Stimulus- and response-based interference contributes to the costs of switching between cognitive tasks

Bruno Kopp, Alexander Steinke, Nachshon Meiran, Caroline Seer, Florian Lange

Research output: Contribution to journalArticlepeer-review


Little is known about how stimulus- and response-based interference might interact to contribute to the costs of switching between cognitive tasks. We analyzed switch costs in a novel cued task-switching/card-matching paradigm in a large study (N = 95). We reasoned that interference from previously active task sets may be contingent upon the retrieval of these task sets via stimulus processing, or alternatively, via response processing. We examined the efficacy of these two factors through eligibility manipulations. That is, stimulus/response features that were capable of retrieving task sets from the previous trial remained eligible (or not) on the current trial. We report three main findings: first, no switch costs were found when neither stimulus features, nor response features, were adequate for the retrieval of the previously executed task sets. Second, we found substantial switch costs when, on switch trials, stimulus features kept the previously executed task eligible, and we found roughly equivalent switch costs when the previously executed response remained eligible. Third, evidence for stimulus-induced switch costs was exclusively observed when previously executed responses remained ineligible. These data indicate that stimulus-based interference, and of importance, response-based interference, contribute comparably to switch costs. Possible interpretations of non-additive switch costs are discussed.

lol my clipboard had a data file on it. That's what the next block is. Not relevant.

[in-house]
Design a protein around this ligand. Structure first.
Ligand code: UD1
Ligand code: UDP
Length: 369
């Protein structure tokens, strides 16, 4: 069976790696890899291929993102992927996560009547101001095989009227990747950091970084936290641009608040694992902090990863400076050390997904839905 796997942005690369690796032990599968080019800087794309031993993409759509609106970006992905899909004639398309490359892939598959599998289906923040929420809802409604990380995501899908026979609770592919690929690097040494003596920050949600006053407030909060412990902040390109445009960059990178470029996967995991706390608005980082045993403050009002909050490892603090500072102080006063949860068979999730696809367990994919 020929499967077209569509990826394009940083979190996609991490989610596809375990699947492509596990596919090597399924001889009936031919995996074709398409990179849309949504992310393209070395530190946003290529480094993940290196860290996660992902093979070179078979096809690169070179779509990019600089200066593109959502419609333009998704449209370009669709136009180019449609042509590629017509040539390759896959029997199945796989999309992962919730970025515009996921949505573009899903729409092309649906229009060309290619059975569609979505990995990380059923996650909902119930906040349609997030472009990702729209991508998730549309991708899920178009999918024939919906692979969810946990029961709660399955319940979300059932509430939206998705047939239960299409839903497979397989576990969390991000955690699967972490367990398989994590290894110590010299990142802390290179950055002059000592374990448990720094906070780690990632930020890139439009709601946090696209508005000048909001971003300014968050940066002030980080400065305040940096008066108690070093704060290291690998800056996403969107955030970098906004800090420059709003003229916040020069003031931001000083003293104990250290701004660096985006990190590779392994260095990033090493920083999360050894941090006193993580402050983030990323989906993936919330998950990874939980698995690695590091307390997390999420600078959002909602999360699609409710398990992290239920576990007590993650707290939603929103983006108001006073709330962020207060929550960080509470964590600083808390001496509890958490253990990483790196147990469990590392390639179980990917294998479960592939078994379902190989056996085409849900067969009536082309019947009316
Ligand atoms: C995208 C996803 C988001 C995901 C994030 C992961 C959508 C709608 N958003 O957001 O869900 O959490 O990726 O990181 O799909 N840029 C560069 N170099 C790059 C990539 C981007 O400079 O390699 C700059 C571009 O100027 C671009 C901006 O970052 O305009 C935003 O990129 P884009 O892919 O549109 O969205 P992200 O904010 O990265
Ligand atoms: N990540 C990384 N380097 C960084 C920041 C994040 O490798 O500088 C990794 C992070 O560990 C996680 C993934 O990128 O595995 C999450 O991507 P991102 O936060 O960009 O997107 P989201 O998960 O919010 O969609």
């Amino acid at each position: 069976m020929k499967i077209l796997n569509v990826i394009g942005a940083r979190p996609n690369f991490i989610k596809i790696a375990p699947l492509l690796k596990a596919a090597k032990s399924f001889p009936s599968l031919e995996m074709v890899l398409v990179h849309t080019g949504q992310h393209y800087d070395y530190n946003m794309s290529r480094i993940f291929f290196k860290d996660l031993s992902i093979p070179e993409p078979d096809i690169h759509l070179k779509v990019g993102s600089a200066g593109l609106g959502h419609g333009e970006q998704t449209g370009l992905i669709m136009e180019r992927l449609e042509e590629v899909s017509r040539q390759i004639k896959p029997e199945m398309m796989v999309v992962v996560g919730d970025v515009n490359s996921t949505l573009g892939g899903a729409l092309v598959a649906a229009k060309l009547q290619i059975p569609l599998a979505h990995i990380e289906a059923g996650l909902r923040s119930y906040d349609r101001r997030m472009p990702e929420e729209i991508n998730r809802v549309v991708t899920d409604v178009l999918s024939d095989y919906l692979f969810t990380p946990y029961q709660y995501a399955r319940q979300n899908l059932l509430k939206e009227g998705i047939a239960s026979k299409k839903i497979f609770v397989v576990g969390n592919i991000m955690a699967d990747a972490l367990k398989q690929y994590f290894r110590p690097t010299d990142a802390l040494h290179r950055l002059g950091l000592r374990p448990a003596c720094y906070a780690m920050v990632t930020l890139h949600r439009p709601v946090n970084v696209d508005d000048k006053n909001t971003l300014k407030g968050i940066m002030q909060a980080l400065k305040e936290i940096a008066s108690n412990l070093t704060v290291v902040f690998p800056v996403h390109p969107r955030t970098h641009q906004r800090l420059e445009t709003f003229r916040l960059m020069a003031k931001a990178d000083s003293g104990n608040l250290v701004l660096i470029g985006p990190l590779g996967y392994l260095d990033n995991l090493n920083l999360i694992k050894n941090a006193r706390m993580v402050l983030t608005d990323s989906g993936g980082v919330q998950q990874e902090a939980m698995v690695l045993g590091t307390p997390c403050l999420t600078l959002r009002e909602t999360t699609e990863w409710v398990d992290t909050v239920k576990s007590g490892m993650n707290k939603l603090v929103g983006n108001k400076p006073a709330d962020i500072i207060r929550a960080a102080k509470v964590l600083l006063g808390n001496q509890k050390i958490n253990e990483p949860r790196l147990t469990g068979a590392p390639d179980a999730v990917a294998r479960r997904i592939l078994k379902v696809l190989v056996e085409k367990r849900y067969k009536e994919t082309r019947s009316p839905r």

Original languageAmerican English
Pages (from-to)1112-1125
Number of pages14
JournalPsychological Research
Issue number4
StatePublished - 1 Jun 2020


  • Response-based interference
  • Stimulus-based interference
  • Switch costs
  • Task switching

All Science Journal Classification (ASJC) codes

  • Experimental and Cognitive Psychology
  • Developmental and Educational Psychology
  • Arts and Humanities (miscellaneous)


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